Someone recently compared the day after an election to Groundhog Day: We poke our heads out from under the covers, and if we see the shadow of the other guy, we predict four more years of discontent.
Whatever the outcome of this year’s elections, roughly half of America is waking up unhappy today (assuming, of course, we’ve been able to definitively sort things out by now). I’m just hoping the unhappy half hasn’t been expressing their discontent by breaking and burning stuff.
No matter which half you’re in, this would be a good time to ponder what just happened. Every qualified adult in the United States was given the opportunity to express his or her preference regarding the person he or she wants as a leader.
We did it without (I hope) threats, violence or intimidation, or fear of reprisal. In Georgia, in Columbia County, we were given dozens of opportunities to vote and places to cast a ballot, all making it terrifically convenient to express our wishes.
In fact, our votes now are so easily cast that we seem to value them less.
Think about that: In the past century, various castes and classes of people have been forced to fight, argue, petition and march for the ability to vote. Long after the victories, the beneficiaries of the effort seem to assimilate themselves into the rest of the apathetic crowd, forgetting how they got where they are.
As a result, we’ve come to accept the reality that our leaders will be chosen not by the collective will of the people, but by a slightly more motivated subset of voters.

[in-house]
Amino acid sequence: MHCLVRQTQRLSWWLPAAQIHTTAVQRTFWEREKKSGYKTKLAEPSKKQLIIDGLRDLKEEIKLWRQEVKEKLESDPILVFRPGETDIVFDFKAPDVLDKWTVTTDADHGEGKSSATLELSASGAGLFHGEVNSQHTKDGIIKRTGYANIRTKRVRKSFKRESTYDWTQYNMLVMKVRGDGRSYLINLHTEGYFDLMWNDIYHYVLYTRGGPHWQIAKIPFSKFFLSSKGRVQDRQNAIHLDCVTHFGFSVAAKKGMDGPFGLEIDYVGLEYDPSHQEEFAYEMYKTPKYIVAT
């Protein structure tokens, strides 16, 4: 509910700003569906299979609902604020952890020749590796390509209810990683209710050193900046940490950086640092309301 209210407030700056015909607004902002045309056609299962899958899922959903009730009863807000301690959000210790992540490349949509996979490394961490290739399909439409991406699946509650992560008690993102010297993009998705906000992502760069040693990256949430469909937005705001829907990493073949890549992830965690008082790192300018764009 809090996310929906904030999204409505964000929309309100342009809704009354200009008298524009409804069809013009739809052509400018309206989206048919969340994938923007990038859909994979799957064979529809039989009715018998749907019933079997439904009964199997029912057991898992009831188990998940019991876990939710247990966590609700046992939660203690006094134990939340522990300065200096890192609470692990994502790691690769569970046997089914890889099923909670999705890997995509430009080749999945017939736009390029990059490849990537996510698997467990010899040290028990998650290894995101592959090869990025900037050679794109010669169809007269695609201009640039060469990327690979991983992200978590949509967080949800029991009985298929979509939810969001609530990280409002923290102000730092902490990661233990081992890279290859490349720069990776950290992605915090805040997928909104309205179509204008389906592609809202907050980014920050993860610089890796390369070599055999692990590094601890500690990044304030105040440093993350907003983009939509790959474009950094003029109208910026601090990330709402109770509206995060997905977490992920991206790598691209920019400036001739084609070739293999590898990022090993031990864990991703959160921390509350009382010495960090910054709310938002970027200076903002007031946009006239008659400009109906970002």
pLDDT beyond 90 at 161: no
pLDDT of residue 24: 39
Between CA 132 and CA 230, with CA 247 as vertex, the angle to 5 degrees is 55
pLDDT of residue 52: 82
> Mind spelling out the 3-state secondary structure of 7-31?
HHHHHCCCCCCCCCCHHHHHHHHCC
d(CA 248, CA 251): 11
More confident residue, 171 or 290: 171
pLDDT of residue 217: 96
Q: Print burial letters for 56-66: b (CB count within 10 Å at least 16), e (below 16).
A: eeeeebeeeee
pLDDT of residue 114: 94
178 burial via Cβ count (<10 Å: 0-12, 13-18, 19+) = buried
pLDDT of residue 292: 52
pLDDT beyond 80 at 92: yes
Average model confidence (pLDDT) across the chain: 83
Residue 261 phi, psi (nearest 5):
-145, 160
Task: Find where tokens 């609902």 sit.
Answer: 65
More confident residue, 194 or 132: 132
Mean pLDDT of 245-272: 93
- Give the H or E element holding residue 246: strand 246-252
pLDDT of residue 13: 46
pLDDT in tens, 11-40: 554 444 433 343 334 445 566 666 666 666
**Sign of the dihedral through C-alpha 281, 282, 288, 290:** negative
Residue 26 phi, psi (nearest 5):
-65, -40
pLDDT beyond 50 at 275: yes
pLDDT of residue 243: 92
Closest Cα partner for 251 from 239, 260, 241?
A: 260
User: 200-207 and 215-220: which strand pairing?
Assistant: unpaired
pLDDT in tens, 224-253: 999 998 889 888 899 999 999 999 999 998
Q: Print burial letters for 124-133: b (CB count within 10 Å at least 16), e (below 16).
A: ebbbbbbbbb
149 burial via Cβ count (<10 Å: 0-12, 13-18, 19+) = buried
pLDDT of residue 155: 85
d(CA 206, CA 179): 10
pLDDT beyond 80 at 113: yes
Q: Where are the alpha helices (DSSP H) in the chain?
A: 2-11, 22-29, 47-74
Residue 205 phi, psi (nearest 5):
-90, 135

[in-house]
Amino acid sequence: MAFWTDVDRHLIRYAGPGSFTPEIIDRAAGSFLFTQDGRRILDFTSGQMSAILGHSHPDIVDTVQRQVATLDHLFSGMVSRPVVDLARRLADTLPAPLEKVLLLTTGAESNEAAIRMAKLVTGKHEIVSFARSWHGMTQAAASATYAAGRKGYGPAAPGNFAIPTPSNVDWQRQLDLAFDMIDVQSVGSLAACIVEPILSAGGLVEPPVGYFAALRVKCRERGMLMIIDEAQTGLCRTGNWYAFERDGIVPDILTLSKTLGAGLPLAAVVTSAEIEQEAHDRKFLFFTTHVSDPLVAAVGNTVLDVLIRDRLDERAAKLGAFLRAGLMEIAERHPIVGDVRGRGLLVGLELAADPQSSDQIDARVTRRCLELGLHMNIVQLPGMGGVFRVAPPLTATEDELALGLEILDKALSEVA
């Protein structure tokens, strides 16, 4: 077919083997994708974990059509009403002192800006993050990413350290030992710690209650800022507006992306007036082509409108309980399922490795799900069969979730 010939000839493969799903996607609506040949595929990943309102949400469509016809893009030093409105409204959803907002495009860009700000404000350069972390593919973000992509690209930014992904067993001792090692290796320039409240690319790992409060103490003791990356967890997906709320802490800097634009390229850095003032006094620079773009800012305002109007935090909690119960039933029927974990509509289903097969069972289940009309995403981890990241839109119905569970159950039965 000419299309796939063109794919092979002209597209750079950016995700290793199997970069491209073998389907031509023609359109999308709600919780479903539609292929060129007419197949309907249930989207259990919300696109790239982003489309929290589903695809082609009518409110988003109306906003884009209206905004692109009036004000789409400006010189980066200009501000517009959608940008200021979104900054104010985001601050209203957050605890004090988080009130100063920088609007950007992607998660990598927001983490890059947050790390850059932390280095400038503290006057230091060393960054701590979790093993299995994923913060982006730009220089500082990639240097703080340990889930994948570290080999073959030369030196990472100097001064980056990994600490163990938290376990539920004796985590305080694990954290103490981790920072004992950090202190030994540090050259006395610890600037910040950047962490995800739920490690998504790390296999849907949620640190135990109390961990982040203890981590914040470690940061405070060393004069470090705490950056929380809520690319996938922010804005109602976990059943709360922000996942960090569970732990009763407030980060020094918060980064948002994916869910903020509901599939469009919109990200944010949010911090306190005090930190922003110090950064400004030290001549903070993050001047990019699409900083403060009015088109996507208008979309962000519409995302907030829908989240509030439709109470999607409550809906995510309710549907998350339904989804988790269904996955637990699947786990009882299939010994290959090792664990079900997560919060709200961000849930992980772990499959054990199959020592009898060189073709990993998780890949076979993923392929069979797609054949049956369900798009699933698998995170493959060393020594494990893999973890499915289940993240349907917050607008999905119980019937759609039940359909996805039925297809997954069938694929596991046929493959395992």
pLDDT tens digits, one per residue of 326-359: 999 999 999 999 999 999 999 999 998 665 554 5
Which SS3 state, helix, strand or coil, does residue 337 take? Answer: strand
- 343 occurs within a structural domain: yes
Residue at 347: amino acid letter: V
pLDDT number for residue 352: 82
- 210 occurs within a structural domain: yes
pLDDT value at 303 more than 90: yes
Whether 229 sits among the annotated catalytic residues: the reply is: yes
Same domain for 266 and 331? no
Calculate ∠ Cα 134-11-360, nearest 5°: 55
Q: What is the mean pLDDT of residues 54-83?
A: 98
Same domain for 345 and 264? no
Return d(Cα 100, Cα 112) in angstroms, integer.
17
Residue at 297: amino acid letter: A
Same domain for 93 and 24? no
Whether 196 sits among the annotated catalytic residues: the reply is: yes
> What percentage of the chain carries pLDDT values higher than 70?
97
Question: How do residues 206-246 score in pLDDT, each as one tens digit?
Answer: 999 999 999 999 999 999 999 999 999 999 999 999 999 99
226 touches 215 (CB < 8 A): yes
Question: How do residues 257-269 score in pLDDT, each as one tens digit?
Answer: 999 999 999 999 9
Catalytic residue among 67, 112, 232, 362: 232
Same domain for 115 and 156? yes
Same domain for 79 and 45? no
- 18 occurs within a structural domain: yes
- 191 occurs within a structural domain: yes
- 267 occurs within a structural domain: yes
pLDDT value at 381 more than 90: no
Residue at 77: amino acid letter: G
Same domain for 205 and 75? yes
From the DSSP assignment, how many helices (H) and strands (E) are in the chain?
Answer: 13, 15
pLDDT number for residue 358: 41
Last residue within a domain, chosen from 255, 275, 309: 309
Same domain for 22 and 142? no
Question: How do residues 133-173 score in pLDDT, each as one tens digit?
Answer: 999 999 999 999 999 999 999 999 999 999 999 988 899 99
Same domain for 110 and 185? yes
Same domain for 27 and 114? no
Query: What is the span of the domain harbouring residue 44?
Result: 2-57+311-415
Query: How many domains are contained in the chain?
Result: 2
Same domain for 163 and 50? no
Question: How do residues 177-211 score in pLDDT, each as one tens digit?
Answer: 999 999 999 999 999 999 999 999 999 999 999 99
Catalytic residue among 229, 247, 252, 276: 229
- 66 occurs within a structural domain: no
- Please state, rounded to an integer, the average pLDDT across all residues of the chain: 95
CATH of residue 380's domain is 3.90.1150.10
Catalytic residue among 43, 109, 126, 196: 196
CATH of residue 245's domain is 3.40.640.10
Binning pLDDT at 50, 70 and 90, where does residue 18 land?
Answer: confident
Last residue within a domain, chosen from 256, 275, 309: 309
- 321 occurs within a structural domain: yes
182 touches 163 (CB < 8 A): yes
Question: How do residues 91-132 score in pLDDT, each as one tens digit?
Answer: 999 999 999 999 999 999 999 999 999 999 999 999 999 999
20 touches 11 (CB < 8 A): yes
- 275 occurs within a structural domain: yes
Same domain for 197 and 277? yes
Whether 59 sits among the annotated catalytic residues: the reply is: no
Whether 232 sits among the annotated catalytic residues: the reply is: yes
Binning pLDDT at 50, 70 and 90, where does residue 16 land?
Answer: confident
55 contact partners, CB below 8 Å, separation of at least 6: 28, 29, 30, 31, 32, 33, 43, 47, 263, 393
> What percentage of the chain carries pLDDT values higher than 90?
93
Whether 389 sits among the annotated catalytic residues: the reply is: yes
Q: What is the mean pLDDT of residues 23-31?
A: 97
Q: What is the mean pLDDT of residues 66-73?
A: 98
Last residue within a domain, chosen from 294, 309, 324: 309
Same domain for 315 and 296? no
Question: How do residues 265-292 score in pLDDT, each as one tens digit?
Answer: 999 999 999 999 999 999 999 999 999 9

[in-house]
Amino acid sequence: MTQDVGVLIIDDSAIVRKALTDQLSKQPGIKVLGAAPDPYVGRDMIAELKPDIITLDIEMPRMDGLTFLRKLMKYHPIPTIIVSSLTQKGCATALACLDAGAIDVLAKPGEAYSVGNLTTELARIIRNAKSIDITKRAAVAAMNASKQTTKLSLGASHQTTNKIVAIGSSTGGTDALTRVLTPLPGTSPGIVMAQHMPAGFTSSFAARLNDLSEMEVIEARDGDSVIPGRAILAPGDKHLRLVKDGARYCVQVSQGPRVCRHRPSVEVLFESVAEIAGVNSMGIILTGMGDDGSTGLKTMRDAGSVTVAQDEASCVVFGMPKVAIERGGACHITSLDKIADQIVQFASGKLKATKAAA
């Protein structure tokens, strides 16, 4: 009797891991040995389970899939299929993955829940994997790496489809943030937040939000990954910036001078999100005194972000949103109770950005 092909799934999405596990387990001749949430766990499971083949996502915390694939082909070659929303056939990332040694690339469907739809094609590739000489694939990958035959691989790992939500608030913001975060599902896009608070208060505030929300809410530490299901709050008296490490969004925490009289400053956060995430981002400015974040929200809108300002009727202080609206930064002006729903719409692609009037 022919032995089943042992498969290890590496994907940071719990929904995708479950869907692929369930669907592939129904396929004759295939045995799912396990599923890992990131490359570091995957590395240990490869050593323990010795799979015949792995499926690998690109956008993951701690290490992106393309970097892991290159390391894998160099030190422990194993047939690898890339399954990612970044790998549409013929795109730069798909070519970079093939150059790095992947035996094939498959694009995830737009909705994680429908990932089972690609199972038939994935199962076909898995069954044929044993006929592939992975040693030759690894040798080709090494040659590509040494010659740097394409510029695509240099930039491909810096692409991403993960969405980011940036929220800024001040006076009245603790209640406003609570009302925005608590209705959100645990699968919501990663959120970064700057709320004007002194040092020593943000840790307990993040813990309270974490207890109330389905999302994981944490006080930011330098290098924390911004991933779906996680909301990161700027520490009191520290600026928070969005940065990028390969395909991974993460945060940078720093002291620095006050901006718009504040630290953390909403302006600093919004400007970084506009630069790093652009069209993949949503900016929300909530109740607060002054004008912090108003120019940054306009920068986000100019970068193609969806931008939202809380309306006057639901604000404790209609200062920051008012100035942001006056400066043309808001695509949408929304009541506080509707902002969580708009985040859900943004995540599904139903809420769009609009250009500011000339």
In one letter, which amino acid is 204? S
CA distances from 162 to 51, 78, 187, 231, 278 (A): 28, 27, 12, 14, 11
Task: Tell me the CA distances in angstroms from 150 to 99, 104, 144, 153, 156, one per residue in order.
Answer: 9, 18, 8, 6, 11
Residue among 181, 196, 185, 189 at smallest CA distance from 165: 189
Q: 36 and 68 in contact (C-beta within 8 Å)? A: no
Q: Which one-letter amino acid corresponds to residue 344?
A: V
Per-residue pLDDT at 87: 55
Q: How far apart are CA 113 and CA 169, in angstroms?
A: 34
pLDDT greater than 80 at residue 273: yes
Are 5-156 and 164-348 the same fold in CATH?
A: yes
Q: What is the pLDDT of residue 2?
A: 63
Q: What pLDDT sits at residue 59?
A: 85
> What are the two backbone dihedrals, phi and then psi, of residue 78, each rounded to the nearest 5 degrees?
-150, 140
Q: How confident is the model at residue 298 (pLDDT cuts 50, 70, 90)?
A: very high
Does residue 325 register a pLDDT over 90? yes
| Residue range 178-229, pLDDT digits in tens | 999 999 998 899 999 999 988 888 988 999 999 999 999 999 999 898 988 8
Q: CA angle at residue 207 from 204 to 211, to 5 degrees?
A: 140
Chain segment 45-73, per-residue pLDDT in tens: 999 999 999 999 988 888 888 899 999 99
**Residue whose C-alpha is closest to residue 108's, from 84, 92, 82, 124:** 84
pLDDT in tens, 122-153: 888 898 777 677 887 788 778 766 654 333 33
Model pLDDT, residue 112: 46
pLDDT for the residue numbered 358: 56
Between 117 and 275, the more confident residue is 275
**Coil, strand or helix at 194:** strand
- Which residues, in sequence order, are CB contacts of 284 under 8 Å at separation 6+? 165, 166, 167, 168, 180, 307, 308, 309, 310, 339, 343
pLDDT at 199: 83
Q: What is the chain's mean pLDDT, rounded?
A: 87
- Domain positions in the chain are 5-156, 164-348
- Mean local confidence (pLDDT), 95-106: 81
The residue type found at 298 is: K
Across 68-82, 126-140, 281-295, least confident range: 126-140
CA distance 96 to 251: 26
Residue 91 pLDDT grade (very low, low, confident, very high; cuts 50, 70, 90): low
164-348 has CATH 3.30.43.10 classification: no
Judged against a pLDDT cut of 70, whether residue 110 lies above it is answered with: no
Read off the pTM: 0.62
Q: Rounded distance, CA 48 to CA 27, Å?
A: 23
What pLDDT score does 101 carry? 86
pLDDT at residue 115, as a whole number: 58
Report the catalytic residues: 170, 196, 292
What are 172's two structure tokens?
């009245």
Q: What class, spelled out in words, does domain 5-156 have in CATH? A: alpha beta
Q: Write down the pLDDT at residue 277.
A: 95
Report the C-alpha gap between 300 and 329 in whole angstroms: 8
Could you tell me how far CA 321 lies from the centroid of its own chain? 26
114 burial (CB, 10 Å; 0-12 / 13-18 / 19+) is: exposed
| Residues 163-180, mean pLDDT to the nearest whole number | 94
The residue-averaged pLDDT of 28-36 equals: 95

Would the leaders we choose be substantially different if more people voted to select them? Possibly, and not necessarily for the better. After all, which has more viewers: Jersey Shore or Masterpiece Theater? Sometimes more is just a dumb mob.
In addition, we’ve seen many circumstances where an electorate energized for a single purpose or person has wreaked havoc in other elections that happened to appear on the same ballot.
There’s a strong likelihood, in fact, that such mischief has occurred in this year’s elections. As we review the returns, we’ll be able to tell just how much mischief – especially in Richmond County races.
Those side effects likely are minor, however, compared to the possible earthquakes greeting the country this morning. I’m no more prescient than the next guy, but I have an inkling that in many races I’m waking up on the unhappy side of the bed. I certainly hope I’m just being gloomy.
In any event, we’ll undoubtedly survive. But unlike the groundhog, we certainly won’t thrive if we crawl back in a hole and wait until next time our voices are needed.
(Barry L. Paschal is publisher of The Columbia County News-Times. Email barry.paschal@newstimes online.com, or call 706-868-1222, ext. 106. Follow at www.twitter.com/